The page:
Greenwashing is a term that refers to a type of spin used to make companies seem more environmentally friendly than they actually are. Greenwashing is most often done using green PR and marketing tools, companies that engage in the practice often spending much larger amounts of money on the promotion of their so-called green initiatives than on the green initiatives themselves.
In the mid 1960s, the environmental movement started to build momentum. More and more people were becoming environmentally conscious. At the same time, the anti-nuclear movement was also gaining followers. As is the case with many new cultural trends, what companies saw in these movements was another means of gaining more capital by promoting their products accordingly. Soon enough, nuclear power was being promoted as a clean, safe alternative to other energy sources and by 1969, many public service companies were spending more than eight times what they spent on anti-pollution research on greenwashing (Karliner, 2001). That is when greenwashing was born, and since then it has been continuously evolving.
A more recent example, that we’ve probably all seen, can be found in most hotels. They give you the option of not having your towels replaced every day, in order to save water and energy. However, not washing your towels, though good for the environment, is actually just another way through which they cut their own costs. There are many other ways in which hotels could save water and energy more efficiently, but those would not help them save money, and in some cases, would augment their spending.
It is clear, then, that greenwashing can be done in a multitude of ways. In order to make it more easy to understand and to identify, Underwriters Laboratories, “a global network providing environmental services to companies around the world” (http://sinsofgreenwashing.com), came up with a set of greenwashing “sins”, which basically describes the types of greenwashing companies engage in:
“1. Sin of the Hidden Trade-off, committed by suggesting a product is “green” based on an unreasonably narrow set of attributes without attention to other important environmental issues.
- Sin of No Proof, committed by an environmental claim that cannot be substantiated by easily accessible supporting information or by a reliable third-party certification.
- Sin of Vagueness, committed by every claim that is so poorly defined or broad that its real meaning is likely to be misunderstood by the consumer.
- Sin of Worshiping False Labels is committed when a claim, communicated either through words or images, gives the impression of a third-party endorsement where no such endorsement exists.
- Sin of Irrelevance, committed by making an environmental claim that may be truthful but which is unimportant or unhelpful for consumers seeking environmentally preferable products.
- Sin of Lesser of Two Evils, committed by claims that may be true within the product category, but that risk distracting consumers from the greater environmental impact of the category as a whole.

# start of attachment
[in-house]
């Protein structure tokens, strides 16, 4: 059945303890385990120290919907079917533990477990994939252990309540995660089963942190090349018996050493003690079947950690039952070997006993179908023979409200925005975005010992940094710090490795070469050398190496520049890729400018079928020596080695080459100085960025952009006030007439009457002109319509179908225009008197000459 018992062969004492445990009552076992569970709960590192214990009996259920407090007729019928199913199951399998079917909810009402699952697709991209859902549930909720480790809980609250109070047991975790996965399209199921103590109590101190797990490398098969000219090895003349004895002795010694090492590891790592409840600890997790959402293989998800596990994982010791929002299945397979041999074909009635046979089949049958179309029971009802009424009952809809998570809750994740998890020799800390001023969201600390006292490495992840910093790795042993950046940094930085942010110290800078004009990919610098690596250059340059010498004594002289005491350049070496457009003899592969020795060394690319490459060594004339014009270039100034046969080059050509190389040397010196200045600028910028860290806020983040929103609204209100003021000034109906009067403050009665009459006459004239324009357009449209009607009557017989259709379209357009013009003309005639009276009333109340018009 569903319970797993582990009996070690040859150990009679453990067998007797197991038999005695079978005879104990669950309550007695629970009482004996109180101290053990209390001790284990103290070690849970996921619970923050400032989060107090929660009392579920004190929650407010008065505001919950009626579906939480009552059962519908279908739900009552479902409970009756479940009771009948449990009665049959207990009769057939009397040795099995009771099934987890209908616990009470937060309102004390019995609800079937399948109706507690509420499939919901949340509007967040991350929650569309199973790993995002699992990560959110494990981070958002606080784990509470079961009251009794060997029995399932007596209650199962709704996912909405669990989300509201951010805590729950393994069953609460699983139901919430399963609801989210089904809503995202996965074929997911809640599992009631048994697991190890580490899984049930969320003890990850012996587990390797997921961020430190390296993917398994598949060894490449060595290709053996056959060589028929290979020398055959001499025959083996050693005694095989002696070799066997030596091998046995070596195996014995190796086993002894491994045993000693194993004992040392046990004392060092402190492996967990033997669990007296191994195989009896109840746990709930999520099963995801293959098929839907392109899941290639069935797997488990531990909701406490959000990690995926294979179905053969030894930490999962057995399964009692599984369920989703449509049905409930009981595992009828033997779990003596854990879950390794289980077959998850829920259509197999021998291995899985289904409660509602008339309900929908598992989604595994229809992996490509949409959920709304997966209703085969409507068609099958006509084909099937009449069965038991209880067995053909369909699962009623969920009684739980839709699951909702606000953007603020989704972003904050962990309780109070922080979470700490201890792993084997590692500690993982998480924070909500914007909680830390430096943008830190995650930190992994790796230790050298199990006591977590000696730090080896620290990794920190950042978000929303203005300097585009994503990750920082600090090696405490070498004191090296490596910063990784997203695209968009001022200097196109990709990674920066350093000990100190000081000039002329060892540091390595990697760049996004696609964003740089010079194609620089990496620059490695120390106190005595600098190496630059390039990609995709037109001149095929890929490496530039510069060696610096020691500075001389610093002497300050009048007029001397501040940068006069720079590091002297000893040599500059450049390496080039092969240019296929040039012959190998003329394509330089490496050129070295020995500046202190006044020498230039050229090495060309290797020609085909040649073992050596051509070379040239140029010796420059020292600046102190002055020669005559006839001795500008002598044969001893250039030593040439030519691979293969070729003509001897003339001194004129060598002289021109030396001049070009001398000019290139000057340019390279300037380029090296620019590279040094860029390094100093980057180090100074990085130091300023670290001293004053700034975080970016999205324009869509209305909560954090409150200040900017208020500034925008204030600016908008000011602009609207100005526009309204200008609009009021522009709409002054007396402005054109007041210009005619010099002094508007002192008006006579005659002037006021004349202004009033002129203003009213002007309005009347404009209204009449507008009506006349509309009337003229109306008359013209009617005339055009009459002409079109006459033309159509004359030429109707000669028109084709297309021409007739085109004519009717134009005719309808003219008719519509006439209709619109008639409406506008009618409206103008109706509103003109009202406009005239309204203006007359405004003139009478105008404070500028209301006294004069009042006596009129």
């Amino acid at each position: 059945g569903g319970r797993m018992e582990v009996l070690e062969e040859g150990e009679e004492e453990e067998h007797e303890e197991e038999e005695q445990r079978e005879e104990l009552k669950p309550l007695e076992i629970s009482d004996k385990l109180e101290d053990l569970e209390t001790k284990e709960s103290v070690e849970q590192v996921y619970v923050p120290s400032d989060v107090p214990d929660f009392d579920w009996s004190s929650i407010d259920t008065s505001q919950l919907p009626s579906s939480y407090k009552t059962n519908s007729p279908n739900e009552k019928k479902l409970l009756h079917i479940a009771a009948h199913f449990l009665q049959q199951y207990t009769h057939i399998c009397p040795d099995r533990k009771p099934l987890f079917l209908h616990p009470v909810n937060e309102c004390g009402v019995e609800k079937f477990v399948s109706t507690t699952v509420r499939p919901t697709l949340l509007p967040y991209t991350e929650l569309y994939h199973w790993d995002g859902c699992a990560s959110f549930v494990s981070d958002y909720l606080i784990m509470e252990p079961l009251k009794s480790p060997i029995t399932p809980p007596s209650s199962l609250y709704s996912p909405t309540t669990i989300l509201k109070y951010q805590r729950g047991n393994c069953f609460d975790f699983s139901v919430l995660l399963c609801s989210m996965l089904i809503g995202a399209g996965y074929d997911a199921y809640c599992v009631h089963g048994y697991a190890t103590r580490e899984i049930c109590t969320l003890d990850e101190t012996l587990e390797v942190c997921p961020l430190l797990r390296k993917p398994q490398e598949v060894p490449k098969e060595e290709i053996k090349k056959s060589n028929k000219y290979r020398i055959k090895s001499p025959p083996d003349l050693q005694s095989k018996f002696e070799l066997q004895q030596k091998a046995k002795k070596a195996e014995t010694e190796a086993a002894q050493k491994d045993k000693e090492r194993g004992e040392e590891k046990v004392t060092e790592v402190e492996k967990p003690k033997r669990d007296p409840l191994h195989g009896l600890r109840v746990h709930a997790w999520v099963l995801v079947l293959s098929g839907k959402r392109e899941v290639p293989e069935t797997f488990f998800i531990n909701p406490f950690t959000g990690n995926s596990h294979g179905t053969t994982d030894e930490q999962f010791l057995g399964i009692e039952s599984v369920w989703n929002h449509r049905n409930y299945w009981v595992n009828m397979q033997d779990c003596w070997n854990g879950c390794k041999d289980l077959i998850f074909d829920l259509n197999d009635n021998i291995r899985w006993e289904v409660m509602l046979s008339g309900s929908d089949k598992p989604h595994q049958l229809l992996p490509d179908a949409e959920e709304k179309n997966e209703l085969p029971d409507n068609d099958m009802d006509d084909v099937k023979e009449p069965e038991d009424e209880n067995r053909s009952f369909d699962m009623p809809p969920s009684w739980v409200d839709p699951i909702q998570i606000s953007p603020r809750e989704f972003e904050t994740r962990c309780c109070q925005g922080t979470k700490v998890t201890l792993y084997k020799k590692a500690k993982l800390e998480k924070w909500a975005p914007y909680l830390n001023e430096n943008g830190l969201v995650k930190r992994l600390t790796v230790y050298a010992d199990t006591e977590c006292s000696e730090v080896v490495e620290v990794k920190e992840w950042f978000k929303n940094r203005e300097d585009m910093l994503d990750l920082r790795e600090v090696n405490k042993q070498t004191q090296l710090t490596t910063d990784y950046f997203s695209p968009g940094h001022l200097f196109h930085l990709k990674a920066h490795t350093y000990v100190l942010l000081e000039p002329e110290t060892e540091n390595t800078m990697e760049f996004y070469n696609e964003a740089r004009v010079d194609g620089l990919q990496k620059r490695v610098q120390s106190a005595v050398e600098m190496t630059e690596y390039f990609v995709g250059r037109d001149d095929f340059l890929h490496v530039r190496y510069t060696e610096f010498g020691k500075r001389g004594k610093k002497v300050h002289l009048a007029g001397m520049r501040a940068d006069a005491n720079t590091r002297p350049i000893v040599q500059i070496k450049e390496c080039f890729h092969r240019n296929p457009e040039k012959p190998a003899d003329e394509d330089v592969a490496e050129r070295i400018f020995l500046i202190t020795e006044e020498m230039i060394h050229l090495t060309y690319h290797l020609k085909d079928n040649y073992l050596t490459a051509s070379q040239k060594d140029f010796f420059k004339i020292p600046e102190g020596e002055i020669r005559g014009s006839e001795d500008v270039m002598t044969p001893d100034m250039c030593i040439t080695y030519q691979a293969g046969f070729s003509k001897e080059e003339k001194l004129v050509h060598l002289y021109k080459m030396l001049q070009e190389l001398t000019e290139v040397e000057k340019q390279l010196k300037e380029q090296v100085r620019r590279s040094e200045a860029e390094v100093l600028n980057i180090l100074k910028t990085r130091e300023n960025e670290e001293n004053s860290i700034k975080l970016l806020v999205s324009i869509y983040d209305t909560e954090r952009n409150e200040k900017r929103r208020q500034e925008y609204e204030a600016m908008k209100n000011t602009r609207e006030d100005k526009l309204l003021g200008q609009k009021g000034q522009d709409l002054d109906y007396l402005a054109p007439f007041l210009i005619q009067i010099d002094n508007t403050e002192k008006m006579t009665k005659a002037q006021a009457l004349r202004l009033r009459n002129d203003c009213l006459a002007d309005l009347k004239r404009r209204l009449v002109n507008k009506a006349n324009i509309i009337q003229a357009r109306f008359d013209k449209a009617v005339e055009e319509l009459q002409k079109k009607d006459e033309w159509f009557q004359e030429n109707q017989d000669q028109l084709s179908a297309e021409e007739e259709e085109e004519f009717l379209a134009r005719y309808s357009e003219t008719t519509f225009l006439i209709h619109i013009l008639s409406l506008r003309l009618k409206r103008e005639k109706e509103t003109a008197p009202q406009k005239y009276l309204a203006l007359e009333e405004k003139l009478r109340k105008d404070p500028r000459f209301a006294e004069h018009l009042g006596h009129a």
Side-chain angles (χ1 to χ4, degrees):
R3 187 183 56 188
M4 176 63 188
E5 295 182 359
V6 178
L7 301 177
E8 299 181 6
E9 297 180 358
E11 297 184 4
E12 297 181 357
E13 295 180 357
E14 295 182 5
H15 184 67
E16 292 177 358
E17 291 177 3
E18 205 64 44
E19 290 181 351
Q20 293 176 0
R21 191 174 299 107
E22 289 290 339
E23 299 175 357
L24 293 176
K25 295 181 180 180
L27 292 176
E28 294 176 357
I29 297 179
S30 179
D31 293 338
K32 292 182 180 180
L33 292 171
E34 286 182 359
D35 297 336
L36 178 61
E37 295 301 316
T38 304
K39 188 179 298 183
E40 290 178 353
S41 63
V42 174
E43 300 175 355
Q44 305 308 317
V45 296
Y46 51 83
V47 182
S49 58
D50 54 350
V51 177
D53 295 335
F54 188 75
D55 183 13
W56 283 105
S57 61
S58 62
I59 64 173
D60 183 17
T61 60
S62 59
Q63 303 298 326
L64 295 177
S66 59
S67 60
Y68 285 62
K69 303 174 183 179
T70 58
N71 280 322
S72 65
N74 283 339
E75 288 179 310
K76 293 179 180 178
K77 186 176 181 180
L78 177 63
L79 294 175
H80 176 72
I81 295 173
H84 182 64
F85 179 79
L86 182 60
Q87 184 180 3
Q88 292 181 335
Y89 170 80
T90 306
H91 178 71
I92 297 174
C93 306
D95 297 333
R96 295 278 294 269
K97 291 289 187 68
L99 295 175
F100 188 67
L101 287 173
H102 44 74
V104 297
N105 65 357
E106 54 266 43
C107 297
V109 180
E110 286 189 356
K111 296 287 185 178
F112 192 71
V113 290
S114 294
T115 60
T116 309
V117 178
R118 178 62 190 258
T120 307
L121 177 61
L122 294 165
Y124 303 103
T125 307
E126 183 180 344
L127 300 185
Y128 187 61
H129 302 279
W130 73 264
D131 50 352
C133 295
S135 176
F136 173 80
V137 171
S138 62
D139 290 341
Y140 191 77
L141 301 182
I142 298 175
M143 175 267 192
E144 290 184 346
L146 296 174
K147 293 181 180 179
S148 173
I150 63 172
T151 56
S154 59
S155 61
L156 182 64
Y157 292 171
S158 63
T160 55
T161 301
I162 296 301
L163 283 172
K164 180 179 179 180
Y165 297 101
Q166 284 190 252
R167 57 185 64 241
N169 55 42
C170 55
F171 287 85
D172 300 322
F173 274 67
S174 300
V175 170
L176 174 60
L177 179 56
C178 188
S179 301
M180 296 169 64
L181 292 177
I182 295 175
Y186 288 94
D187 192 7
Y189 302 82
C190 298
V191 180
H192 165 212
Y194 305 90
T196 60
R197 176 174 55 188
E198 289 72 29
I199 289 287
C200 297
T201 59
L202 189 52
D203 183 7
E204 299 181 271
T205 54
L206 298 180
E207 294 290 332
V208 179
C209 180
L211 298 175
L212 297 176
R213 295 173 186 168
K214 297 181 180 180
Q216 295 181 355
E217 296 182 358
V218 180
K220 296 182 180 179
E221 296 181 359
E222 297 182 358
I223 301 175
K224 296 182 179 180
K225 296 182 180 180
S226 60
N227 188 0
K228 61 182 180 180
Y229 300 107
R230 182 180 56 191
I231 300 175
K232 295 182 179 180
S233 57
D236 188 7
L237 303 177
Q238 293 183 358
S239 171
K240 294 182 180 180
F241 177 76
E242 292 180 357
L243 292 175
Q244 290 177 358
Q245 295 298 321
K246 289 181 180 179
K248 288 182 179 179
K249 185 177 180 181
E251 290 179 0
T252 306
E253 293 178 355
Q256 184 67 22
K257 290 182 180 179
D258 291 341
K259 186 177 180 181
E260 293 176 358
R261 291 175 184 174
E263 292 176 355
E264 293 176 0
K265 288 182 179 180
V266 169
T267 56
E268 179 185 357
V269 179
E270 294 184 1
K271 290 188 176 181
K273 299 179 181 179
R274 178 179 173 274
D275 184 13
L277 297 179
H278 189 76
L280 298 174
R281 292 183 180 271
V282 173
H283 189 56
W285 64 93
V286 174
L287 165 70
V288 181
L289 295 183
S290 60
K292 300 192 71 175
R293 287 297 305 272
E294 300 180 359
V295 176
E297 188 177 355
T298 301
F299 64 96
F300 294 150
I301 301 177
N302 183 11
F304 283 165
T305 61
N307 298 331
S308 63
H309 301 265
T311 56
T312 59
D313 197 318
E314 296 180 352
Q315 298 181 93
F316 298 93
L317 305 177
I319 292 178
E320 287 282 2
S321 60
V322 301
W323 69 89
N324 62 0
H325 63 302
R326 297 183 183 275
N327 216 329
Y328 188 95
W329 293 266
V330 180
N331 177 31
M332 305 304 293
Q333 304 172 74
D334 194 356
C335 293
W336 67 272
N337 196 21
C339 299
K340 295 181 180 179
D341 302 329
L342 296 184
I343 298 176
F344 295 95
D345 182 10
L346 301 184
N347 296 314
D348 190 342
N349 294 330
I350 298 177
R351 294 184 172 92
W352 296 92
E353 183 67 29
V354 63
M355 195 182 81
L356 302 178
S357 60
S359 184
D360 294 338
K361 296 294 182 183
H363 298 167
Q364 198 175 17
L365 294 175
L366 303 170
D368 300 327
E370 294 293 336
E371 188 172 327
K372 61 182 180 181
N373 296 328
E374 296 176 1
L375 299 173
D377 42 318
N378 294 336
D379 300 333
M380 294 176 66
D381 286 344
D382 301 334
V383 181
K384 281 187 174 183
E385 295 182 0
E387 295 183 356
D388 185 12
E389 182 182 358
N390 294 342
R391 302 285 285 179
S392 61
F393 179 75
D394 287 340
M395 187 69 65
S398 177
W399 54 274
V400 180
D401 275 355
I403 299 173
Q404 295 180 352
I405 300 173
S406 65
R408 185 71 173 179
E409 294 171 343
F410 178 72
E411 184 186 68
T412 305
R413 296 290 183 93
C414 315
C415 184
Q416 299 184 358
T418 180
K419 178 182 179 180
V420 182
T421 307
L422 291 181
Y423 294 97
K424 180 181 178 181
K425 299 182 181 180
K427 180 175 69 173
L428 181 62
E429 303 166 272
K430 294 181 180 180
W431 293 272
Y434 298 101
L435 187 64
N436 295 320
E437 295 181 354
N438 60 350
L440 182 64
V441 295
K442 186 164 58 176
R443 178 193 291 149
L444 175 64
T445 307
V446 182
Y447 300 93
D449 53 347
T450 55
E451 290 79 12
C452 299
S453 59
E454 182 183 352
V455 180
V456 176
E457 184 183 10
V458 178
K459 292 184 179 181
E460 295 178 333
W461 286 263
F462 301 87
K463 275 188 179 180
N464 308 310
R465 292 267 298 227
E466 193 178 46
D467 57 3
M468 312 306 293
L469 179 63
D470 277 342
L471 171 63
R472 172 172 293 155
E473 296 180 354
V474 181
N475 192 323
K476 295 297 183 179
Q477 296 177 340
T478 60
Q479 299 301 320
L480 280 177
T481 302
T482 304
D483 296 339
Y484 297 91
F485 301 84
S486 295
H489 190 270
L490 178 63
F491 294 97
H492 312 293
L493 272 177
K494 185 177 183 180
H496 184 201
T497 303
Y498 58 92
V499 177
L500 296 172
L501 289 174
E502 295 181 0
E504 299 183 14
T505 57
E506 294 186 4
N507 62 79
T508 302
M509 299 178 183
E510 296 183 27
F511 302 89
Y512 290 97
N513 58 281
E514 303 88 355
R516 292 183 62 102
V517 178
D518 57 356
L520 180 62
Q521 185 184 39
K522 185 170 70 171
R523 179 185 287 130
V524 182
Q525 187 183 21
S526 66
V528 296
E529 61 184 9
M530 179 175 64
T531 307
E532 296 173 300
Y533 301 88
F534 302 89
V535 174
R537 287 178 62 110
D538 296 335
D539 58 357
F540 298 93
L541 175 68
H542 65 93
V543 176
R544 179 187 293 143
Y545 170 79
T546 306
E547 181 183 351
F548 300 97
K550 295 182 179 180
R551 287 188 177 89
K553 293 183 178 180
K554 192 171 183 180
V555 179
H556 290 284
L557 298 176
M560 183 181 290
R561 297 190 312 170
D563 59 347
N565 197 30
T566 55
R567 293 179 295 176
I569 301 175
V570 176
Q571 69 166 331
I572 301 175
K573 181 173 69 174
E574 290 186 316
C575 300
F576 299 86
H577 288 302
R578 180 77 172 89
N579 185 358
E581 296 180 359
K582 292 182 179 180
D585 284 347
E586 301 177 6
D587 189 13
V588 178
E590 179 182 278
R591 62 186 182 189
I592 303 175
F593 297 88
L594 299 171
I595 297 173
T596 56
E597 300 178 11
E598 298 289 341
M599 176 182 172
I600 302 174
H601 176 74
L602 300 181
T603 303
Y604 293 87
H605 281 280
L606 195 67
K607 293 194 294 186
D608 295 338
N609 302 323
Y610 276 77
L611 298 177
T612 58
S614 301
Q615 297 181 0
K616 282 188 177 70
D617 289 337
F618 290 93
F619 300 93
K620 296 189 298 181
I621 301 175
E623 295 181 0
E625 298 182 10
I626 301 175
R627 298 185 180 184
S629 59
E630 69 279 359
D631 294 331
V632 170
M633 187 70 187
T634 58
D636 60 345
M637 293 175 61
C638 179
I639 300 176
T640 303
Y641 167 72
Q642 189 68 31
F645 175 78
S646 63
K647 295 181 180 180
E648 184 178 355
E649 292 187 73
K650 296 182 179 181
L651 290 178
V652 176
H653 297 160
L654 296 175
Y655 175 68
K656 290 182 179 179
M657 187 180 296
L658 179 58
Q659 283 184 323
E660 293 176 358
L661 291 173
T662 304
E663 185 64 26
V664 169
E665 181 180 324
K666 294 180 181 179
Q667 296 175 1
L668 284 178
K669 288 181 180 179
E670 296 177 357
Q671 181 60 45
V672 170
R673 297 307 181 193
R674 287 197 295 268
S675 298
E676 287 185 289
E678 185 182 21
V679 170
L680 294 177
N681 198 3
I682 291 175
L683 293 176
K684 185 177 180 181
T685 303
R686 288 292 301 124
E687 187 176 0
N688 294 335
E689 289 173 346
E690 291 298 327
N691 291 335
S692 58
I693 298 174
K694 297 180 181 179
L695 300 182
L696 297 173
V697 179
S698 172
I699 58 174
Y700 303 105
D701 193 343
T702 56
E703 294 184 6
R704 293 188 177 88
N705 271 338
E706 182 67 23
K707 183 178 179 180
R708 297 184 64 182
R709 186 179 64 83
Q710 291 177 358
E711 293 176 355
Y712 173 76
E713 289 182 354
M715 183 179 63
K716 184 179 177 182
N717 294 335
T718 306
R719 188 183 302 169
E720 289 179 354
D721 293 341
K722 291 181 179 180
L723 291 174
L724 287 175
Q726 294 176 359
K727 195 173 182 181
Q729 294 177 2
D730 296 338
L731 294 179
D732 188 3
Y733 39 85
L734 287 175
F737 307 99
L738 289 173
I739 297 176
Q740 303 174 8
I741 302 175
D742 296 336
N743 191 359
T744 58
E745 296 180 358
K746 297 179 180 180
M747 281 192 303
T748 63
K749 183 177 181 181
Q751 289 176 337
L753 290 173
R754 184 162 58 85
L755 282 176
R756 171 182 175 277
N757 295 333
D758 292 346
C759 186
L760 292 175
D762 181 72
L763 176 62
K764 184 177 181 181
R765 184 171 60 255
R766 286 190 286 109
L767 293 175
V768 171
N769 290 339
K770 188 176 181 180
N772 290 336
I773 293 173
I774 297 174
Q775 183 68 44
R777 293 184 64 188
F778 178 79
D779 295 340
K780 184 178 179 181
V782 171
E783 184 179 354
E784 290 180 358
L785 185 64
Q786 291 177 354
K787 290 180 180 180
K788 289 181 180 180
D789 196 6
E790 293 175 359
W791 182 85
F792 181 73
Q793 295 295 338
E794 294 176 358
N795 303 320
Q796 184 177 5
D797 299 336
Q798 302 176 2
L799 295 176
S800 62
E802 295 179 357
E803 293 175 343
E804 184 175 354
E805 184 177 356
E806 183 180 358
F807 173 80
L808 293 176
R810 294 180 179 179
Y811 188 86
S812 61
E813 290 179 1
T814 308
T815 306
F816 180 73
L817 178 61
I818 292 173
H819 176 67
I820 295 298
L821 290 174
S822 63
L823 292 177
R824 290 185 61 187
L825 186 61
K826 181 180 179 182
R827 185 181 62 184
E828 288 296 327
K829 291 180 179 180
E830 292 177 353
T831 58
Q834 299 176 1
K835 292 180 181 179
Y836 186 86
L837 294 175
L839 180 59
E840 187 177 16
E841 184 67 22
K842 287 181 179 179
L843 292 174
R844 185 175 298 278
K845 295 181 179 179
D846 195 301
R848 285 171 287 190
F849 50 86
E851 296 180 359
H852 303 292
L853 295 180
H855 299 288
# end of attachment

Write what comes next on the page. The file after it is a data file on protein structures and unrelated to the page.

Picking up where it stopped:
- Sin of Fibbing, the least frequent Sin, is committed by making environmental claims that are simply false.”
One might wonder why it is important to tell the difference between products promoted greenwashing and products that are actually created by environmentally conscious companies. After all, it’s just another marketing tool.
Well, companies that promote themselves through greenwashing actually hurt the ones that are truly trying to help the environment, and, in consequence, hurt the environment itself. If someone is trying to support a business that minimizes its environmental impact, they could end up buying something that is actually harmful to it, simply because it is inaccurately advertised and because the actual green products are constantly being buried in a sea of irrelevance. If anyone can make these claims, the idea of a green company, any green company, becomes redundant. Furthermore, the fact that greenwashing is so publicly criticized makes people lose their trust in all green companies, including the fair ones.
That is why the University of Oregon, in partnership with EnviroMedia Social Marketing, have come up with a website that consists of an index that marks the extent to which a company uses greenwashing, named greenwashingindex.com. On it, users can add and ate companies based on the veridicity of their “green claims”.
In conclusion, greenwashing is a term that refers to an unethical marketing practice that has been going on for decades and is still evolving, in which businesses promote themselves as environmentally friendly, even though they usually aren’t, or grossly exaggerate their claims. It is important to become aware of the practice in order to protect the environment and to support those that engage in green business practices. One can do this in a multitude of ways, from not purchasing products from companies that use this spin tool to rating them and adding them on the Greenwashing Index.
Irina Lupa, Journalism Year III
Karliner, Joshua. 2010. “A Brief History of Greenwash”. http://www.corpwatch.org/article.php?id=243
Wikipedia. “Greenwashing”. Last modified March 19. http://en.wikipedia.org/wiki/Greenwashing
Greenwashing Index. “About”. http://www.greenwashingindex.com/about-greenwashing/
Sins of Greenwashing. “Index”. http://sinsofgreenwashing.com/index.html